Saturday, December 10, 2016
Advent: Winter Books
There are some books that I know are only in our home temporarily (especially board books, which will age out as my youngest develops a longer attention span), but I thought it would be fun to share what is currently in our collection. Please feel free to contribute suggestions; there are several titles on my wishlist, and each year I try to add at least one new book to the rotation.
If you are interested in starting your own tradition but don't have many Christmas books on hand and are intimidated by the cost of buying dozens of books, I recommend you collect all year, keeping an eye out at garage sales and library sales (my library is kind enough to have a holiday section, which I go straight to each year). Then I enhance my collection via Amazon (the Amazon links here are affiliate links, meaning that should you make any purchase via these links, Amazon will give me a small percentage, at no additional cost to you).
As our pile is pretty diverse, I'm going to do this in installments. Here I share the books that celebrate the winter season, and I also shared collections that focused on the general interest Christmas books, our nativity books, and our board books.
Also, one suggestion (that I have yet to implement myself): when you're packing away the books for the year, I suggest taking the time to wrap them then, so you're not rushing yourself once Advent rolls around again (one year I was wrapping some books every few days, as I didn't have enough time to do them all before we began). Otherwise, I'm hoping to sew reusable bags to easily insert them in, so as to save time and eliminate the wrapping paper waste.
The Big Snow by Berta and Elmer Hader
The Biggest Snowman Ever by Steven Kroll
Gingerbread Friends by Jan Brett
We meet a gingerbread boy who wishes for friends. He finds himself in a bakery and is making overtures to the other pastries, but they are inanimate. He returns home devastated, only to learn a new set of cookie friends have been baked.
As is standard for Brett's books, there is plenty to explore on every page, and the margins can have their own story taking place (in this book, we see a recipe for gingerbread cookies).
As far as Brett's numerous books go, this, in my opinion, is the weakest, although my girls may disagree.
The Hat by Jan Brett
This is a perfect companion book to The Mitten, also by Jan Brett. Aided by Brett's characteristic, highly detailed illustrations, children get drawn in by the story of winter clothing being aired out on a clothesline. When one woolen sock slips off, a hedgehog tries to make it his hat and the other animals try to find a way to get involved.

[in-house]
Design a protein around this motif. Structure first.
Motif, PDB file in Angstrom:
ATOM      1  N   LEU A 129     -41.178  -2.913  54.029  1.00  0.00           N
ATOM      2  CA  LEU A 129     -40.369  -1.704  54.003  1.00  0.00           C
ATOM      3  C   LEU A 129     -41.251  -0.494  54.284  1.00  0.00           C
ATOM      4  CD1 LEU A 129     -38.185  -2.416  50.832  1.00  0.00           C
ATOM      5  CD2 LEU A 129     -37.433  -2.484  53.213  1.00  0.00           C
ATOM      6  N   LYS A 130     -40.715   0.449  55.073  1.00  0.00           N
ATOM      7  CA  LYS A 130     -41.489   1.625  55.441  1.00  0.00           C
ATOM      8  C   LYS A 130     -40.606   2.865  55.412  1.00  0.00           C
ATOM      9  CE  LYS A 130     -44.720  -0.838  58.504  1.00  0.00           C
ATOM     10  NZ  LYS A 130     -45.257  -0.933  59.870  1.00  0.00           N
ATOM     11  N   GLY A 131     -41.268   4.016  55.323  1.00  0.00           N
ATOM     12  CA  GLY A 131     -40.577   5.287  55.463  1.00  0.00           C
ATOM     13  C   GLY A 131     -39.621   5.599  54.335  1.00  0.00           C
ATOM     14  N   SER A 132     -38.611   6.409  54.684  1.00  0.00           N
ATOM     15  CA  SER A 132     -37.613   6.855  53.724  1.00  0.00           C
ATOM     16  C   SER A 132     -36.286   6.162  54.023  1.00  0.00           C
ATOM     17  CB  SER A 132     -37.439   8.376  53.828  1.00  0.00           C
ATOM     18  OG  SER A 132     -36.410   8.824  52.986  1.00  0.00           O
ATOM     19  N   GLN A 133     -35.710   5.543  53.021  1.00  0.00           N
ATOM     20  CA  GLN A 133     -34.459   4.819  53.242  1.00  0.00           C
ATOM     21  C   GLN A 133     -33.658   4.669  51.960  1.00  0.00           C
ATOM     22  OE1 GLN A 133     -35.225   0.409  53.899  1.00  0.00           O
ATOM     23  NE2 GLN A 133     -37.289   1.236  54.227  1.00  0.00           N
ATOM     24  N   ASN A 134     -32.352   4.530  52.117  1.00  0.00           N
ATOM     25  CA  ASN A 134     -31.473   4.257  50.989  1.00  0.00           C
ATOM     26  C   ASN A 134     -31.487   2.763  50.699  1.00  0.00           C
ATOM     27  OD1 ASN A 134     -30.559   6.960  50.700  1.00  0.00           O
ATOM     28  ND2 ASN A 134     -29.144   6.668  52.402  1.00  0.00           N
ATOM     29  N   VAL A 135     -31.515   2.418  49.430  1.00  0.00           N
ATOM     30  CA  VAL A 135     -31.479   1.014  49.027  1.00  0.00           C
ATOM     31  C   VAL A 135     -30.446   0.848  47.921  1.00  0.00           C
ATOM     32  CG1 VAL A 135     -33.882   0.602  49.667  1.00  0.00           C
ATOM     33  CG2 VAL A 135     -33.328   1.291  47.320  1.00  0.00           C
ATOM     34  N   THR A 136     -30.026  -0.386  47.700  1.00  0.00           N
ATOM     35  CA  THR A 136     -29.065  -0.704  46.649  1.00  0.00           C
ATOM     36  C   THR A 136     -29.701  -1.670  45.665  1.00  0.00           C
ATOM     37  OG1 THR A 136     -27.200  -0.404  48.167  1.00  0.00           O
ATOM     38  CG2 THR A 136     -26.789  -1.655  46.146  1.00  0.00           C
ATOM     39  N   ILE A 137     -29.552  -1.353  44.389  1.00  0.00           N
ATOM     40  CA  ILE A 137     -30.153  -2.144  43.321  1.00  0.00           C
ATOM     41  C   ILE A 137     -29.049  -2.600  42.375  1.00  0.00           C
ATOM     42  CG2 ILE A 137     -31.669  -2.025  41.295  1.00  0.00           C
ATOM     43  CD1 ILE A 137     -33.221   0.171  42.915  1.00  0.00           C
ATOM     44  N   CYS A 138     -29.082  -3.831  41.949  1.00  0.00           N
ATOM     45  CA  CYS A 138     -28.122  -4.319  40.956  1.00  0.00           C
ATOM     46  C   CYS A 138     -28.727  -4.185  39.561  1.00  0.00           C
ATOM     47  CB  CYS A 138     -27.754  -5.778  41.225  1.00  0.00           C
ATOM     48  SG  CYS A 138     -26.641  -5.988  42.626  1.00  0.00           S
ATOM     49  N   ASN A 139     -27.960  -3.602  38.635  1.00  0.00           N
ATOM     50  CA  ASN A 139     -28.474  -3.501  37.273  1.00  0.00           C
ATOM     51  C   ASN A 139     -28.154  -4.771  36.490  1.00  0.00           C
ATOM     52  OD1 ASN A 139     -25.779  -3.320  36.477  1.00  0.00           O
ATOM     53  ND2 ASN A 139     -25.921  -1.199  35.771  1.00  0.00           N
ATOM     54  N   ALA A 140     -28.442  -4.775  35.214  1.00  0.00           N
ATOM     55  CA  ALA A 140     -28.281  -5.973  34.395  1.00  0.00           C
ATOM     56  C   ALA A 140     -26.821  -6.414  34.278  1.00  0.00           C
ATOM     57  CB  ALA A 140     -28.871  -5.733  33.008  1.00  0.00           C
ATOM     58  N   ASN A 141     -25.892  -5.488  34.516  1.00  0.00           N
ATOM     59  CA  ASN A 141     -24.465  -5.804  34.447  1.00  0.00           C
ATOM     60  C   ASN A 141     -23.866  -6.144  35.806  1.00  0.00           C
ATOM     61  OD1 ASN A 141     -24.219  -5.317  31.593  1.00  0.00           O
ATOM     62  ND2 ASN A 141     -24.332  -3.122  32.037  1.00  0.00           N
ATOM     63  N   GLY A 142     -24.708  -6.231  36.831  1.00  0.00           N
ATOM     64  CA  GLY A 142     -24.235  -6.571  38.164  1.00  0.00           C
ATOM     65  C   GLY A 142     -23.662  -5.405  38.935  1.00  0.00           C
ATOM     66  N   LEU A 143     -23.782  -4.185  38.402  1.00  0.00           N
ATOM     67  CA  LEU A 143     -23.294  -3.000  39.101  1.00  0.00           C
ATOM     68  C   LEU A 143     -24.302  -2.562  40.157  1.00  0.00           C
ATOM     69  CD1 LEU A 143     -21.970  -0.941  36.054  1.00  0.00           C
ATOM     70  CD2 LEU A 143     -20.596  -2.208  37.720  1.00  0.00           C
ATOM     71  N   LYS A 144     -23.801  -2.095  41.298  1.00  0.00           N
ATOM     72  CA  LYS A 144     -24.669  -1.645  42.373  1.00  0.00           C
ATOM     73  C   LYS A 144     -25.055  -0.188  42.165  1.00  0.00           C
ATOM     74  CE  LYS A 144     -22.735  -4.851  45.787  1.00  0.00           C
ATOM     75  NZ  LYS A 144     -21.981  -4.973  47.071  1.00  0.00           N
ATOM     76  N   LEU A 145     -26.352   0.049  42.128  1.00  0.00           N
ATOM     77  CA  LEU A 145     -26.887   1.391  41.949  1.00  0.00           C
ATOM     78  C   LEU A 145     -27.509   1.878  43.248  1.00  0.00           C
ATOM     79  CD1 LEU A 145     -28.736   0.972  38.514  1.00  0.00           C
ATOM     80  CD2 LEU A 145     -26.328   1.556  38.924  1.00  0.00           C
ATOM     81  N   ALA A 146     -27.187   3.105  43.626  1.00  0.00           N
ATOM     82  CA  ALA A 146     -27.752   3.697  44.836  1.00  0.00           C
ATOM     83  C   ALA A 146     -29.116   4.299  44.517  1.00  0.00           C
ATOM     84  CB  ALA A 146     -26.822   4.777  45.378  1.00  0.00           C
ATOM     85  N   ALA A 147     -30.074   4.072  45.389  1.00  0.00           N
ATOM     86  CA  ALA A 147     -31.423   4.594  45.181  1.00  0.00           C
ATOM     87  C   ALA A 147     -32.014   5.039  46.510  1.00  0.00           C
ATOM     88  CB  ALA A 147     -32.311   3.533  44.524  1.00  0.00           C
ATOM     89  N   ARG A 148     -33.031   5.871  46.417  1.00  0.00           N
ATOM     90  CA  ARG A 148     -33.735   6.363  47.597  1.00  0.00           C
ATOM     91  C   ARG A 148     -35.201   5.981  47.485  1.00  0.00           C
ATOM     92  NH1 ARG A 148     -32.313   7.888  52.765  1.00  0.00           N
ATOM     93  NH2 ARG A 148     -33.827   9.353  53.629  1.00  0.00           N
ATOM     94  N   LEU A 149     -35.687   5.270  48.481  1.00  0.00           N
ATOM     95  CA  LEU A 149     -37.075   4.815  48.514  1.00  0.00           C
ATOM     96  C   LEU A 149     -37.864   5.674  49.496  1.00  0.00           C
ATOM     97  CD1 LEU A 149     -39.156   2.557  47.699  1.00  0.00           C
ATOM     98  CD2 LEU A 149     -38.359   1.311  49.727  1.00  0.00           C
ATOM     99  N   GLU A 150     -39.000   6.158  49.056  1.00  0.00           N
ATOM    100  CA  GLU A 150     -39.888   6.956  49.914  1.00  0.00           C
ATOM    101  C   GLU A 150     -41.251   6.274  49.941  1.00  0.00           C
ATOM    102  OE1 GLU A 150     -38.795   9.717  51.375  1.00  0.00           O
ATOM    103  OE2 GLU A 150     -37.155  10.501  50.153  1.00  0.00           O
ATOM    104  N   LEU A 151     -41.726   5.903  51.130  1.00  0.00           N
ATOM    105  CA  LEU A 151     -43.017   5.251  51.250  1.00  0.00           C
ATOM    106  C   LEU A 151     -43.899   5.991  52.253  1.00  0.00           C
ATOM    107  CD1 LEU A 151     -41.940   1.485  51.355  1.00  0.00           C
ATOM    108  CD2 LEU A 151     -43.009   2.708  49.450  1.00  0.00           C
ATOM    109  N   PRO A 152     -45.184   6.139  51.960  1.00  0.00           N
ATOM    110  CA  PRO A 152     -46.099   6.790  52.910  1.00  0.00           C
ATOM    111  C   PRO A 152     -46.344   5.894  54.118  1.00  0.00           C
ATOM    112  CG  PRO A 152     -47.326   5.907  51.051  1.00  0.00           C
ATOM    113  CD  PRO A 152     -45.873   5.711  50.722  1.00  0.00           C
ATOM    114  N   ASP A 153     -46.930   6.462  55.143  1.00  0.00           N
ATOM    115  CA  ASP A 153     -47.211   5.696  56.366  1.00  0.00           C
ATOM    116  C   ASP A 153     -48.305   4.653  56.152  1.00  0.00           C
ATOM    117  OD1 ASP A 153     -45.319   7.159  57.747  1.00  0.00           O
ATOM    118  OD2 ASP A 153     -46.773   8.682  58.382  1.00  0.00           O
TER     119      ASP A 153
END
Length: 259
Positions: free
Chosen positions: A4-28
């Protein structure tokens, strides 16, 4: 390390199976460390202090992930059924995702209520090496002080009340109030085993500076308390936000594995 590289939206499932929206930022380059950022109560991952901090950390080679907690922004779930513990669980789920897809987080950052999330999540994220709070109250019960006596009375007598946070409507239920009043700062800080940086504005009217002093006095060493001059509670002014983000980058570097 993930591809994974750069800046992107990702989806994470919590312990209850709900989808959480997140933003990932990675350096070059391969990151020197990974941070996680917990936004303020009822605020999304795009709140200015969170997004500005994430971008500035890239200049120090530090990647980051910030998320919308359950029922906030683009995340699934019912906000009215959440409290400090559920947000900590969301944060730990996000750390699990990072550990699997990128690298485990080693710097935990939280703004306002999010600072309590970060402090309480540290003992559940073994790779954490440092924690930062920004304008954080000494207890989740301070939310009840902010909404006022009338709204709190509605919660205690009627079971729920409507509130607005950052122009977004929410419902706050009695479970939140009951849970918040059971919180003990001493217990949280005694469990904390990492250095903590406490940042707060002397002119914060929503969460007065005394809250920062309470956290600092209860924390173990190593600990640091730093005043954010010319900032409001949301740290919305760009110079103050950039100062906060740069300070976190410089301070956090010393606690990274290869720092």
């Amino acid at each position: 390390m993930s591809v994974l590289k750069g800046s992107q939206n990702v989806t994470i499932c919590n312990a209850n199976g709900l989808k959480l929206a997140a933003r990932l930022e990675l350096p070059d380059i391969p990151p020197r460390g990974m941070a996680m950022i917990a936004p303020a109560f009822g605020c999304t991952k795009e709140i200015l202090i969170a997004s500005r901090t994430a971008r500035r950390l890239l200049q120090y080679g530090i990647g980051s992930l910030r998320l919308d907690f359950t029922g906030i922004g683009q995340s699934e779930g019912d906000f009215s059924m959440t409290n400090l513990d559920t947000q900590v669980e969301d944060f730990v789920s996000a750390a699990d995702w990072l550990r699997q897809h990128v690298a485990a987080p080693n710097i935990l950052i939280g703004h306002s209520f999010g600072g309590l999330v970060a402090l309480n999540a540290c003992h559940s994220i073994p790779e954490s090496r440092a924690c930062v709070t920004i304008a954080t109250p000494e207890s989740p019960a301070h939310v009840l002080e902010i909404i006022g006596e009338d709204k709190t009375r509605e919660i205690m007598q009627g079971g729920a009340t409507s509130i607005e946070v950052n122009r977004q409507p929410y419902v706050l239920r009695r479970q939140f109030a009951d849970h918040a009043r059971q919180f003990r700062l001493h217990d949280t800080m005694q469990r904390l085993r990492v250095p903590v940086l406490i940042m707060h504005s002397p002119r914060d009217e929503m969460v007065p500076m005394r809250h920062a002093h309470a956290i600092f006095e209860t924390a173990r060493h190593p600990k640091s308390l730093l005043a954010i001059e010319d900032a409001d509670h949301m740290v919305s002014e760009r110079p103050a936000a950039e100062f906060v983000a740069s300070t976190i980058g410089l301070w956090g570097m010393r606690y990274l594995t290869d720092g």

The Missing Mitten Mystery by Steven Kellogg
The Mitten by Jan Brett
Snow by Steve Sanfield and Jeanette Winter
Snow by Uri Shulevitz
Snowball Soup by Mercer Mayer
Snowflake Bentley by Jacqueline Briggs Martin
The final page includes a quotation as well as several of his stunning photographs.
The Snowman by Raymond Briggs
We have two versions of this story, both the original wordless Briggs story, and a simplified version of the original Briggs story.
The latter edition is a beginning reader book; in it, a boy builds a snowman and it comes to life, taking him on a flying adventure after discovering things like the cat and paper towels.
The Snowy Day by Ezra Jack Keats
This is a book that is hard to extract from my daughter - she adores it and requests us to read it to her year-round. In 2016, Amazon even released a darling movie inspired by the events in the book.
Stella, Queen of the Snow by Marie-Louise Gay
When I heard there was a winter-themed book, I ordered it to include in our collection, beginning in 2017. It's a pleasant book that has Stella introducing her brother Sam to his first experience of snowfall and answering his questions in imaginative ways. My oldest daughter nabbed this book briefly before it was wrapped and has already given it her seal of approval (she told her little sister she knows the size of it and is going to try to open it first to share in the delight of it with her).
The way Stella and Sam relate with each other mirrors my daughters' relationships together, not to mention their personalities, so I anticipate this being a beloved favorite for many years to come.
The Walking Coat by Pauline Watson
This is a little-known work that has been illustrated by Tomie de Paola, whose artwork I appreciate (several of my Christmas titles are illustrated by him, and I have still more on my wishlist).
We've had this book for a couple years now, but only in 2017 have I thought to add it to our advent collection due to the seasonal focus.